8. Z. Zalevsky, N. Shamir, and D. Mendlovic, “Geometrical super-resolution in infra-red sensor: experimental verification,” Opt. Eng. 43, 1401–1406 (2004).
    [CrossRef]
  9. A. Borkowski, Z. Zalevsky, and B. Javidi, “Geometrical super resolved imaging using non periodic spatial masking,” J. Opt. Soc. Am. A 26, 589–601 (2009).
    [CrossRef]
  10. I. ul-Haq and A. A. Mudassar, “Geometrical superresolution of CCD-pixel,” Opt. Lett. 35, 2705–2707 (2010).
    [CrossRef] [PubMed]
  11. M. Sohail and A. A. Mudassar, “Geometric superresolution by using an optical mask,” Appl. Opt. 49, 3000–3005 (2010).
    [CrossRef] [PubMed]
  12. K. A. Nugent and B. Luther-Davies, “Penumbral imaging of high energy x-rays from laser-produced plasmas,” Opt. Commun. 49, 393–396 (1984).
    [CrossRef]
  13. K. A. Nugent, “Coded aperture imaging: a Fourier space analysis,” Appl. Opt. 26, 563–569 (1987).
    [CrossRef] [PubMed]
  14. Z. Zalevsky, J. Solomon, and D. Mendlovic, “Geometrical super resolution using code division multiplexing,” Appl. Opt. 42, 32–40 (2005).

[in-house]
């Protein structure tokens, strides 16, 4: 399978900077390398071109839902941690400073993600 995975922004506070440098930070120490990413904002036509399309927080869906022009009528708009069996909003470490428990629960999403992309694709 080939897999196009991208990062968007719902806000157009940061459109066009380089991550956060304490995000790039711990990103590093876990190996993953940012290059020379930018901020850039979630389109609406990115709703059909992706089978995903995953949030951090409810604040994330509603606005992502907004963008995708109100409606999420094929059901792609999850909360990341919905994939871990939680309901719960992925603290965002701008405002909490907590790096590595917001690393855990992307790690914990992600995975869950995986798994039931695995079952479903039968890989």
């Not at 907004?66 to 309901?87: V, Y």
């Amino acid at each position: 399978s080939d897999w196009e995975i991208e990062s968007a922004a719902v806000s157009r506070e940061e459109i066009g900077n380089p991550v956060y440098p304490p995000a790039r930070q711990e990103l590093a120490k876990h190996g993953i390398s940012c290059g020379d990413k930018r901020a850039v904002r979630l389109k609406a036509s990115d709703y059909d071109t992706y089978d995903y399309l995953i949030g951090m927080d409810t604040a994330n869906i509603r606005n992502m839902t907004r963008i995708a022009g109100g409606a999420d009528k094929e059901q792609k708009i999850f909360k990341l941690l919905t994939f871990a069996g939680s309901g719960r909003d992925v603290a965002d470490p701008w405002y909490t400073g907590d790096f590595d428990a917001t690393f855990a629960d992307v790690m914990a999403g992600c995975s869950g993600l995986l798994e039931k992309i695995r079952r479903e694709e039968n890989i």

15. C. F. Van Loan, “The ubiquitous Kronecker product,” J. Comp. Appl. Math. 123, 85–100 (2000).
    [CrossRef]
  16. R. M. Gray, “Toeplitz and circulant matrices: a review,” Found. Trends Commun. Inf. Theory 2, 155–239 (2005).
    [CrossRef]
  17. H. Lev-Ari, “Efficient solution of linear matrix equations with application to multistatic antenna array processing,” Commun. Inf. Syst. 5, 123–130 (2005).
  18. G. H. Golub and C. F. Van Loan, Matrix Computations, 3rd ed. (Johns Hopkins, 1996), pp. 257–258.
  19. G. H. Golub, M. Heath, and G. Wahba, “Generalized cross-validation as a method for choosing a good ridge parameter,” Technometrics 21, 215–223 (1979).
    [CrossRef]
  20. G. H. Golub and U. von Matt, “Generalized cross-validation for large scale problems,” in Proceedings of the Second International Workshop on Recent Advances in Total Least Squares Techniques and Errors-in-Variables Modeling, S.Van Huffel, ed. (Society for Industrial and Applied Mathematics, 1997), pp. 139–148.